In the case of Chernobyl, the reactor design was substandard and would not have passed required standards in the United States, France, the United Kingdom or any western country with a nuclear energy program. Moreover, the personnel operating the reactor had not been trained to minimum standards required in the west. Nevertheless, the confirmed death toll starting at 30 people, increased to a total of around 90 direct and indirect deaths from the reactor meltdown in the days and weeks after the disaster. While tragic, this was remarkably small for such a disaster, which after all, was a result of unacceptably bad safety standards.

The great thing in favor of nuclear energy is that it is clean in power generation and can generate very large amounts of power and at a competitive price over time. Although in the interim, significant subsidies will be required by government to make nuclear energy competitive. Renewable energy, in the case of wind and solar, is captive to the wind or sun and as a result is very unreliable and at this stage next to useless for base load power generation.

While coal, in particular, is a cheap way to generate high levels of base load power, it is also very polluting and creates large amounts of carbon dioxide gases in the atmosphere. Cleaner coal-fired power plants are now being developed but carbon dioxide capture and storage is still far from proven as a technology.

Hydroelectricity is emissions free but environmentalists oppose it on the basis of damaging the environment by damming rivers. The other shortcoming of hydro power is that it is reliant on dams remaining at high levels or its use for power generation is greatly reduced.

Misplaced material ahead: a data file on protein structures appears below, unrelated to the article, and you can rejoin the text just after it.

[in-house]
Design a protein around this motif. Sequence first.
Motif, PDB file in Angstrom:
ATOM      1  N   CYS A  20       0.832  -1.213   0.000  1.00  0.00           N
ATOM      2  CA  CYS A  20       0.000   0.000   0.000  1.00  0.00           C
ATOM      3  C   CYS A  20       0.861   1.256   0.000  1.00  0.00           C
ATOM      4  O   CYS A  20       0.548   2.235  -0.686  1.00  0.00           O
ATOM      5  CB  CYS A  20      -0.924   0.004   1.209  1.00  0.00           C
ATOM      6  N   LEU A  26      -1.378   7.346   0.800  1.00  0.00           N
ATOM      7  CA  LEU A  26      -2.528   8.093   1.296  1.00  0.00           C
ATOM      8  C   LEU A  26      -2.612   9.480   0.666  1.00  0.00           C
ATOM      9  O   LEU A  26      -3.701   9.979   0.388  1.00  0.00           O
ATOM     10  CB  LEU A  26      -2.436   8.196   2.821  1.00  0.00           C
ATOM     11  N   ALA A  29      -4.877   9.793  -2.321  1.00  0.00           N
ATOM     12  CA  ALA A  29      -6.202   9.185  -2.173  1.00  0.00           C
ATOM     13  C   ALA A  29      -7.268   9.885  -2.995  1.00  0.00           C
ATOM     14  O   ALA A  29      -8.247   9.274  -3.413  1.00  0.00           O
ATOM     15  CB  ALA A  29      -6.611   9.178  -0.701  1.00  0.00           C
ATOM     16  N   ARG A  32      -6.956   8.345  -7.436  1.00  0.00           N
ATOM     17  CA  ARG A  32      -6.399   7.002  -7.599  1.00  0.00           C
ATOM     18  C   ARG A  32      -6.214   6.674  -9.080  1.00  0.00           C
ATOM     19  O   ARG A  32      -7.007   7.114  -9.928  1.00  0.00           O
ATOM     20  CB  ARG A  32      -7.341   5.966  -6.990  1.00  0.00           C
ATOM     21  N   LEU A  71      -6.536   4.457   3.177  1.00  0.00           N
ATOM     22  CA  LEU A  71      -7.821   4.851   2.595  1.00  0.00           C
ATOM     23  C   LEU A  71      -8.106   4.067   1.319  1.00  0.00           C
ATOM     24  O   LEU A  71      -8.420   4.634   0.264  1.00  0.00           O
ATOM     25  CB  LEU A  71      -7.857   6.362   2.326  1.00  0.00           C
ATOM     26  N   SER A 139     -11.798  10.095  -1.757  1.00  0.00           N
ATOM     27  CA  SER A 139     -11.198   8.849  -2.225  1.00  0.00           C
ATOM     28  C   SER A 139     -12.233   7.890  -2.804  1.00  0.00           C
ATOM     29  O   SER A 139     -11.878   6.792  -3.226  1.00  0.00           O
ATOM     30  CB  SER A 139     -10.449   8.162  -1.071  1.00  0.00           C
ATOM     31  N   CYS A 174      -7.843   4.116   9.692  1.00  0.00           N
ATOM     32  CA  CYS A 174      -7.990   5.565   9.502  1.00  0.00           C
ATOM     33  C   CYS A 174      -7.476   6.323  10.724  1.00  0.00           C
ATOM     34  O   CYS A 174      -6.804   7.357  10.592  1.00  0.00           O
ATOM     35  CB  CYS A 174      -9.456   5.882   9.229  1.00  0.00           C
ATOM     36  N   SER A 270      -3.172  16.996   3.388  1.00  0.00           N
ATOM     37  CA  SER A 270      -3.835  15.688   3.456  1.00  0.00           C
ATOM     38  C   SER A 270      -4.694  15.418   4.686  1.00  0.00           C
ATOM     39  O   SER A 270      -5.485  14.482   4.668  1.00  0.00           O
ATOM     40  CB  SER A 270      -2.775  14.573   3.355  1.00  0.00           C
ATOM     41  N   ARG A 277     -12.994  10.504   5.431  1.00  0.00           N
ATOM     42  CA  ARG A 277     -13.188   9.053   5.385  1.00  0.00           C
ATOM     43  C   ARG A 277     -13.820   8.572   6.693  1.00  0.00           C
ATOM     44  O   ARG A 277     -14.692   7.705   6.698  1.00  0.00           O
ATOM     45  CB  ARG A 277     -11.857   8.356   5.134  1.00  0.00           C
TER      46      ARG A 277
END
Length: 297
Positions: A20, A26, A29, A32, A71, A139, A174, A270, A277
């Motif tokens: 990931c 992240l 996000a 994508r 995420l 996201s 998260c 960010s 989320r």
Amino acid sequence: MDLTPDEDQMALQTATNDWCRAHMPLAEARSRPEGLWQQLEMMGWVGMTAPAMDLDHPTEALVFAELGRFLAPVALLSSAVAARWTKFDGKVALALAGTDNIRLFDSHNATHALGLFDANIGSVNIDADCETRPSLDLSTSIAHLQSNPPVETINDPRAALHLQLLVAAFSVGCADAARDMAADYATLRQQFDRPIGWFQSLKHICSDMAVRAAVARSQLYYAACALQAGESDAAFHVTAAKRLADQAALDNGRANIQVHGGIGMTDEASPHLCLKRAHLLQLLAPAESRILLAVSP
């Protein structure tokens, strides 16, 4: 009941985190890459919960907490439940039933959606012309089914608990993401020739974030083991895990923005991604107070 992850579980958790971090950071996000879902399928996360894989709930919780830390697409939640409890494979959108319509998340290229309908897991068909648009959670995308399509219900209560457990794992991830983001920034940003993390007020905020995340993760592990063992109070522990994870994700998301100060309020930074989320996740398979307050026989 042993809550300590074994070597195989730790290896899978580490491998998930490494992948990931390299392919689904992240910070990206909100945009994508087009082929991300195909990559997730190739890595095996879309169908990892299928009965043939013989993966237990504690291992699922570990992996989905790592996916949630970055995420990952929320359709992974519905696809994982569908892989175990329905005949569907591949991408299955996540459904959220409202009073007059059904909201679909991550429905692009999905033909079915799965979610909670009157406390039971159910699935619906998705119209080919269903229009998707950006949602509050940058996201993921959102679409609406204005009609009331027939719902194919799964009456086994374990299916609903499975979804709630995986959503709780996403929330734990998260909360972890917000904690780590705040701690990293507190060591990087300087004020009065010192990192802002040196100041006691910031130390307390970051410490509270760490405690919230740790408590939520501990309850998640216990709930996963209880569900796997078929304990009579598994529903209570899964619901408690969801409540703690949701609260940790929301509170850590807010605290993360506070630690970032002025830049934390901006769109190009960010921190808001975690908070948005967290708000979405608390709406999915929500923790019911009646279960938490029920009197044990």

The other options are mainly gas, natural or coal seam, and oil-fired power generation. Obviously, the problem with gas is that natural gas is non-renewable, although it has low emissions, while coal seam gas and oil are high emission and non-renewable ways of generating power.

Geothermal shows some promise and is being used in a limited way in the United States for power generation. However, there are some significant problems to overcome with geothermal such as the limited and secluded nature of many geothermal geological locations. Many of these geothermal sites are in isolated desert regions well away from major cities. As a result, connecting infrastructure to geothermal power plants could work out as very expensive longer term.

One outstanding issue which is essential to first world economic status is availability of cheap power. Without cheap power, industry will move off shore, the elderly and the poor will not be able to afford to heat or cool their homes and first world countries will find themselves returning to the status of developing world economies very quickly. These issues must be taken seriously before wide scale adoption of unreliable and inefficient renewable energy is used as an alternative to non-renewable coal, gas, oil, nuclear or hydro power.

I have a background in business as well as having worked for a boss in various employment from politics to the civil service. I am currently involved in a consultancy where I advise on business start-ups in the renewable energy and building sectors.